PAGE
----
Hilton leases 2nd floor of Market Square Plaza building

Thursday, June 10, 2004
BY ELLEN LYON
Of The Patriot-News

Harrisburg Hotel Associates, which owns the Hilton Harrisburg & Towers, has leased the second floor of the Market Square Plaza building under construction next to the hotel.

The Hilton will use the space for a 5,400-square-foot "junior ballroom" -- which will be about half the size of the hotel's existing ballroom -- and three meeting rooms, according to Bill Kohl, president of Harrisburg Hotel Corp., the Hilton's management company.

"It'll get us out of our history of not being able to take a lot of social events," Kohl said.

He estimated that the Hilton has had to turn down 150 to 200 social events a year, such as weddings and bar mitzvahs, because of conflicts with conventions.

"We see this, first and foremost, as a vehicle to penetrate more of the social market," Kohl said.

The 20-year lease with Market Square Plaza LLC provides a renewal and purchase option, according to Russ Ford, Harristown Development Corp. president and CEO. Harrisburg Hotel Associates and Harrisburg Hotel Corp. are affiliates of Harristown.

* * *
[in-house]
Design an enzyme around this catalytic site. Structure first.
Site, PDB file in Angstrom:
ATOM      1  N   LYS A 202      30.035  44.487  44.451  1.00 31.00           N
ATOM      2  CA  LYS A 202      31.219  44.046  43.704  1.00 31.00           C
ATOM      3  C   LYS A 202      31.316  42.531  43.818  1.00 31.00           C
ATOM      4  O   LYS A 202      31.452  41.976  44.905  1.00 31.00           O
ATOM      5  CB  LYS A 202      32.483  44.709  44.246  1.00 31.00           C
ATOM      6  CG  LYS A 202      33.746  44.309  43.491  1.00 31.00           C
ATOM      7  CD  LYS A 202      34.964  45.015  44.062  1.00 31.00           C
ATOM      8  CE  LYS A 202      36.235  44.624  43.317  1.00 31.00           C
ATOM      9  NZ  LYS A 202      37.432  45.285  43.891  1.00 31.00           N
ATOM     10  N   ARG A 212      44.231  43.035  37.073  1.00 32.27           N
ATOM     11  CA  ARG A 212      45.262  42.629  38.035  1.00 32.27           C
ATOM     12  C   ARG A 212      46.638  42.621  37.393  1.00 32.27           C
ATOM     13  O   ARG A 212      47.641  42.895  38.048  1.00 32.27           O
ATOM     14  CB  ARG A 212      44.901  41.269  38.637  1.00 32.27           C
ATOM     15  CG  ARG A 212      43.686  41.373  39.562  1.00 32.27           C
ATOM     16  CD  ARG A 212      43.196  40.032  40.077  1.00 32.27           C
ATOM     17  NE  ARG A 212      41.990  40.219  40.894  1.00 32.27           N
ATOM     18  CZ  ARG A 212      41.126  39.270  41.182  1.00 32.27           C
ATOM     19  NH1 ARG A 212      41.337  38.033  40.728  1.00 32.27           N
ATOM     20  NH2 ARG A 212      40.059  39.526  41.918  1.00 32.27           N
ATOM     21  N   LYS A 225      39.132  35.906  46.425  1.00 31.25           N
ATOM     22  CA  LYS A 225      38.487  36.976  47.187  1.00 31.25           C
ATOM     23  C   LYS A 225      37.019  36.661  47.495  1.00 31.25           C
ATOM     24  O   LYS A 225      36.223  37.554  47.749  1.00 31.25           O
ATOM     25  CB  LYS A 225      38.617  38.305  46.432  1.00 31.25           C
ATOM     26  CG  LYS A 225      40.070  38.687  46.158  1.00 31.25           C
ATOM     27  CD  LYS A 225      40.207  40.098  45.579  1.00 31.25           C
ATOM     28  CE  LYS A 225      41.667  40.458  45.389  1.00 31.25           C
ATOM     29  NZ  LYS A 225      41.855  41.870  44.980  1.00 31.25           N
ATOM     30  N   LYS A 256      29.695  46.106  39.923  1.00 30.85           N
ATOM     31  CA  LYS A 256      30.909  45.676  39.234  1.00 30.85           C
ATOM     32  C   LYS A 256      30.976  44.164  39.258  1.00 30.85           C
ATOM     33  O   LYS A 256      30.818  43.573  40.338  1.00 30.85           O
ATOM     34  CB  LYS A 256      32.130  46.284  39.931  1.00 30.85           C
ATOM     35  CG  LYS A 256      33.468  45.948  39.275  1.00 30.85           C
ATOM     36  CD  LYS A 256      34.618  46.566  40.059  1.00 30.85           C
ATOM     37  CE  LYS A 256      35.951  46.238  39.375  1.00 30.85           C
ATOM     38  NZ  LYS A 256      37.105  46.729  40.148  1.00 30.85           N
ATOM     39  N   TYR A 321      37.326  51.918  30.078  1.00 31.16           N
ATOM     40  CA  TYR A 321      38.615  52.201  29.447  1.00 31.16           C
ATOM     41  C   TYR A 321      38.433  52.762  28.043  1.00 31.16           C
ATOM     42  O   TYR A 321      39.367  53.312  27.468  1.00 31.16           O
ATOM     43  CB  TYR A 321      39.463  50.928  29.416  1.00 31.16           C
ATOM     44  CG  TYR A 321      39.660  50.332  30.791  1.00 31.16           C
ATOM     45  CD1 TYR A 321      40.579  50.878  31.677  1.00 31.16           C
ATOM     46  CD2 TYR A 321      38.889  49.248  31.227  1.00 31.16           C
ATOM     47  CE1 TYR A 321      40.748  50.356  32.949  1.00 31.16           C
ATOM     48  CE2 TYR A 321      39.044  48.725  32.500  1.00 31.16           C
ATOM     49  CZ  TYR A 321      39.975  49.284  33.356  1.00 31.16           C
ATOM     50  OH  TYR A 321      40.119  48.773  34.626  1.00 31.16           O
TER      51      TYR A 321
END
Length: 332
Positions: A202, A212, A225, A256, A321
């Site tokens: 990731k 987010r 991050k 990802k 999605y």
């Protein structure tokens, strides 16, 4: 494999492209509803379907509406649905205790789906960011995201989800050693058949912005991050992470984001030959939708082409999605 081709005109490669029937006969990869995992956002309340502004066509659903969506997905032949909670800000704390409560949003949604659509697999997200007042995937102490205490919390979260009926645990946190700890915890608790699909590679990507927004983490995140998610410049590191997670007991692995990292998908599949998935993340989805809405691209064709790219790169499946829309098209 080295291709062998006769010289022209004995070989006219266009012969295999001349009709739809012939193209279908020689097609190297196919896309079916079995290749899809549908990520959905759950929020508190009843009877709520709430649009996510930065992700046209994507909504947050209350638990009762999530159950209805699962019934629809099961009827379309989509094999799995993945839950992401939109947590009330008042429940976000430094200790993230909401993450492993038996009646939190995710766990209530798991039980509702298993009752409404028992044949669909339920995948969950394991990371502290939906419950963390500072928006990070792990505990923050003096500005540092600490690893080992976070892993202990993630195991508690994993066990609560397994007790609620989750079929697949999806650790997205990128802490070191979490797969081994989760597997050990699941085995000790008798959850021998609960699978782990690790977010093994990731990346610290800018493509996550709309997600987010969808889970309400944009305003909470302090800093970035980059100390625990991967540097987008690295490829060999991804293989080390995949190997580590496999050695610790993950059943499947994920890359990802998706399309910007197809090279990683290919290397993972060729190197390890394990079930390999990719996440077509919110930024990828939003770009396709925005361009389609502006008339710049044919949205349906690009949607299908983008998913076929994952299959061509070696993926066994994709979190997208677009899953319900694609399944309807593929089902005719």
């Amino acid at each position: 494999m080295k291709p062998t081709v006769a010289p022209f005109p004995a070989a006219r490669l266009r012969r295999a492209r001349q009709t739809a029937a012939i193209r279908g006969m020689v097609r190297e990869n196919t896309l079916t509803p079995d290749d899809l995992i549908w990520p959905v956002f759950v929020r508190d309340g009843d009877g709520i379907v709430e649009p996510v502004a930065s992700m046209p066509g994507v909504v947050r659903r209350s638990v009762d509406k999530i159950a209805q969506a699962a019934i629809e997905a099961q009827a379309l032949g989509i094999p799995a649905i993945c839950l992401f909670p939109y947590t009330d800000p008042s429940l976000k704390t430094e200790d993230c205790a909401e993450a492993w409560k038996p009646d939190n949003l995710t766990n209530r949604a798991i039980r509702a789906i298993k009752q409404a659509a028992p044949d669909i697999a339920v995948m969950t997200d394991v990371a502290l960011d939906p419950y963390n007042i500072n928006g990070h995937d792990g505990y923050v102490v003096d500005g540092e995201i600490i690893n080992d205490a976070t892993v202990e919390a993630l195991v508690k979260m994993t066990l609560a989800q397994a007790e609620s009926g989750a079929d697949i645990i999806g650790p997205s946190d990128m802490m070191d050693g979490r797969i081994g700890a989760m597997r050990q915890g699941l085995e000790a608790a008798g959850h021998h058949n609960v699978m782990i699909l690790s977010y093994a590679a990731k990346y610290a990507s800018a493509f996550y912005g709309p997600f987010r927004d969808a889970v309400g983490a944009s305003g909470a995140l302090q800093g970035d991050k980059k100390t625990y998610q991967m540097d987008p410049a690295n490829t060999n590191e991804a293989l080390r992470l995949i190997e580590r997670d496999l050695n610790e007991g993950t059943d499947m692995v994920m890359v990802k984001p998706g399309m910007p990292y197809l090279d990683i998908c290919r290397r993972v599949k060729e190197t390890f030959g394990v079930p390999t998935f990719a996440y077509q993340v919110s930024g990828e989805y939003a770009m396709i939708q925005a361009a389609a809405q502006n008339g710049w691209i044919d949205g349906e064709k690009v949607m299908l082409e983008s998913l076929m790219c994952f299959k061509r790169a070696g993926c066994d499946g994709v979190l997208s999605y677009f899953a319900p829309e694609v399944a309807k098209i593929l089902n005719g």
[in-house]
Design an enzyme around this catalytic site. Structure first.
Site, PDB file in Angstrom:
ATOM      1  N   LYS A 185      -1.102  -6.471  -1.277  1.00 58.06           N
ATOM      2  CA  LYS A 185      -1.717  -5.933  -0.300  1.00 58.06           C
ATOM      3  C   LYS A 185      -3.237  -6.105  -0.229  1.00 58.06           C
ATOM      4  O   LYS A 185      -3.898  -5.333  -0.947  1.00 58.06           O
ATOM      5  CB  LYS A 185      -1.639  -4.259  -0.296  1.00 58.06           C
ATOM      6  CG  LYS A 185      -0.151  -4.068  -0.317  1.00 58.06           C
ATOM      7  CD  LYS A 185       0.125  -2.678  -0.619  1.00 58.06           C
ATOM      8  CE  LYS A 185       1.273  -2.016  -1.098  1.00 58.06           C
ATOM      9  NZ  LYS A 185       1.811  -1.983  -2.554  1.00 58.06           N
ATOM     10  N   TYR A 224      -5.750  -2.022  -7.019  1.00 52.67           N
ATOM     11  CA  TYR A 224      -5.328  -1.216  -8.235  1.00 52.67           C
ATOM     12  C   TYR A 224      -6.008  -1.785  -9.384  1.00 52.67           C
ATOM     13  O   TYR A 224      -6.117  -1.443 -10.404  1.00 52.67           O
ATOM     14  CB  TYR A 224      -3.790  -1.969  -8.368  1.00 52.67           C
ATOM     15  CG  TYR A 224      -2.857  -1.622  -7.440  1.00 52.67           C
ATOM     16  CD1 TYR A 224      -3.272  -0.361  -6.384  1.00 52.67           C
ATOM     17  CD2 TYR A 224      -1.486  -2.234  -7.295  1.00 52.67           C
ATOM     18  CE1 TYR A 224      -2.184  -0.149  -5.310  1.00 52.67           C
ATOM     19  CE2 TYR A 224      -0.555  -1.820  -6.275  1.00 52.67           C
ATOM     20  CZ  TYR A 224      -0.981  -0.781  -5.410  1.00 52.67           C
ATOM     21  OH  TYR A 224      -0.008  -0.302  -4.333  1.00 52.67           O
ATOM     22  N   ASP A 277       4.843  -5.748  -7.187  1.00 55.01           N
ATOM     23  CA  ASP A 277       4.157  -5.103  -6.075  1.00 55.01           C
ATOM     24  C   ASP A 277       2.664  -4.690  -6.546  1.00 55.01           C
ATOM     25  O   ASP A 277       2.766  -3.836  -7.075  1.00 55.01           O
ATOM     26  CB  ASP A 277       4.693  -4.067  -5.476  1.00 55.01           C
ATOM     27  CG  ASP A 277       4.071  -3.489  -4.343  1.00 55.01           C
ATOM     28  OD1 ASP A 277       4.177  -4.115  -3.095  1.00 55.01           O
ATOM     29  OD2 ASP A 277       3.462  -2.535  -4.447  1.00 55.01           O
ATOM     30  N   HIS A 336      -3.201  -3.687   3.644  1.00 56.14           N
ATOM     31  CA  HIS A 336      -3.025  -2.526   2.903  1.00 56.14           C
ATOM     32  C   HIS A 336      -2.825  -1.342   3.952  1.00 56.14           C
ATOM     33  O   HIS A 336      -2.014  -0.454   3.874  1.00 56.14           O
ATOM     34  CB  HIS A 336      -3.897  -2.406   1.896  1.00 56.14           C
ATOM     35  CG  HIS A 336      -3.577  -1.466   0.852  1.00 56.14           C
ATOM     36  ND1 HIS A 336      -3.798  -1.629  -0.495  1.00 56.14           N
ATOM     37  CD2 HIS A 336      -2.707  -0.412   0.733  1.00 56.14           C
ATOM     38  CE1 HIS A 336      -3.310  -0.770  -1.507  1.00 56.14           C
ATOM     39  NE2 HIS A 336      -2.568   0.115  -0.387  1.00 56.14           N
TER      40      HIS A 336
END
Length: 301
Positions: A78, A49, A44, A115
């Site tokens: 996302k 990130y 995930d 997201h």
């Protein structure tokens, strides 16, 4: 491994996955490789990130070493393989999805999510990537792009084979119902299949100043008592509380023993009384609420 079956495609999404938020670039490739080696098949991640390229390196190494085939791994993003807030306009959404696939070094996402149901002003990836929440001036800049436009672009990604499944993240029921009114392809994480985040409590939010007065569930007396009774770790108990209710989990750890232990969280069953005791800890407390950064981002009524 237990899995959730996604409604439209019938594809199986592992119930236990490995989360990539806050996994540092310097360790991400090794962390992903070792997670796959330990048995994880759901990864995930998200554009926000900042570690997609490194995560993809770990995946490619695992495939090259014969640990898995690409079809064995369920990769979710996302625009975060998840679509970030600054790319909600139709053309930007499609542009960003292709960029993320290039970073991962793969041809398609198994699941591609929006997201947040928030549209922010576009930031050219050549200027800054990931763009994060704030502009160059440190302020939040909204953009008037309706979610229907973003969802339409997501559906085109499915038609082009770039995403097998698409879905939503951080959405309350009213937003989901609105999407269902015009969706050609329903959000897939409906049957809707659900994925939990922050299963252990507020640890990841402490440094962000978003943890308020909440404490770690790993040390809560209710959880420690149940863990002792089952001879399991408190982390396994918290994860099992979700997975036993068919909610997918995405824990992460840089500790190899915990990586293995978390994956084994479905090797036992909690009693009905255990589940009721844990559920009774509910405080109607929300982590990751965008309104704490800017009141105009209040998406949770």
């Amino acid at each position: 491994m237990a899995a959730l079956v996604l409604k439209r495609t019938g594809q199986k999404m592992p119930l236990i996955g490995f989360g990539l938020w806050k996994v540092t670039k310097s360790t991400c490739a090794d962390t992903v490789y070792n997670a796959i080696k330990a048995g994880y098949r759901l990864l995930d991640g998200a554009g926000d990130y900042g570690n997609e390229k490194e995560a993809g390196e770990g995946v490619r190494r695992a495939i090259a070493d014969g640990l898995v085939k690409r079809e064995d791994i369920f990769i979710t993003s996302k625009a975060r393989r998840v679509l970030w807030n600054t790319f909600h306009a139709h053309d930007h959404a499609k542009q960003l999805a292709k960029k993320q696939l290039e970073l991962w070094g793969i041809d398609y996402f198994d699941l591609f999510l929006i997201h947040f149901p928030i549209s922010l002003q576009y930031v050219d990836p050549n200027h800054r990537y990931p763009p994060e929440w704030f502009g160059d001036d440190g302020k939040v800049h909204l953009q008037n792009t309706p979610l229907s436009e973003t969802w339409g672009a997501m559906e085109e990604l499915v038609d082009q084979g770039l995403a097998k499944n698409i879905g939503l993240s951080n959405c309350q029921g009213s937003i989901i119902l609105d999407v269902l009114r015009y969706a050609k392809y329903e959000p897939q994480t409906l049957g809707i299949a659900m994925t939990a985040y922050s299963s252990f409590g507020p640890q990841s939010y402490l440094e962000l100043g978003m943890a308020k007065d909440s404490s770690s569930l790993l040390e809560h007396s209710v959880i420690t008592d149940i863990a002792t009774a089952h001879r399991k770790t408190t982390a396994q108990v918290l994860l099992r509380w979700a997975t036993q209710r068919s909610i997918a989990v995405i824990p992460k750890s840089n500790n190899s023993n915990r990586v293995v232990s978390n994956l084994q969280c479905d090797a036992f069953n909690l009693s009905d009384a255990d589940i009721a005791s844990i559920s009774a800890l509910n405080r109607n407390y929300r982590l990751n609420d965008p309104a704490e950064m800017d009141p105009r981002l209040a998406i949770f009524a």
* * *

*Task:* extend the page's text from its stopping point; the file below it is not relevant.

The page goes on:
The space may be available to the Hilton as early as April 1, 2004, according to Anthony Pascotti, one of the developers.

The Hilton will spend about $350,000 to furnish and outfit the space, Ford said.

The arcade that connects Strawberry Square with the Hilton also will connect the hotel to the Market Square Plaza building.

Every attempt will be made to keep the same decor in the new space as is already in the hotel so guests won't necessarily realize they are in separate buildings, Kohl said.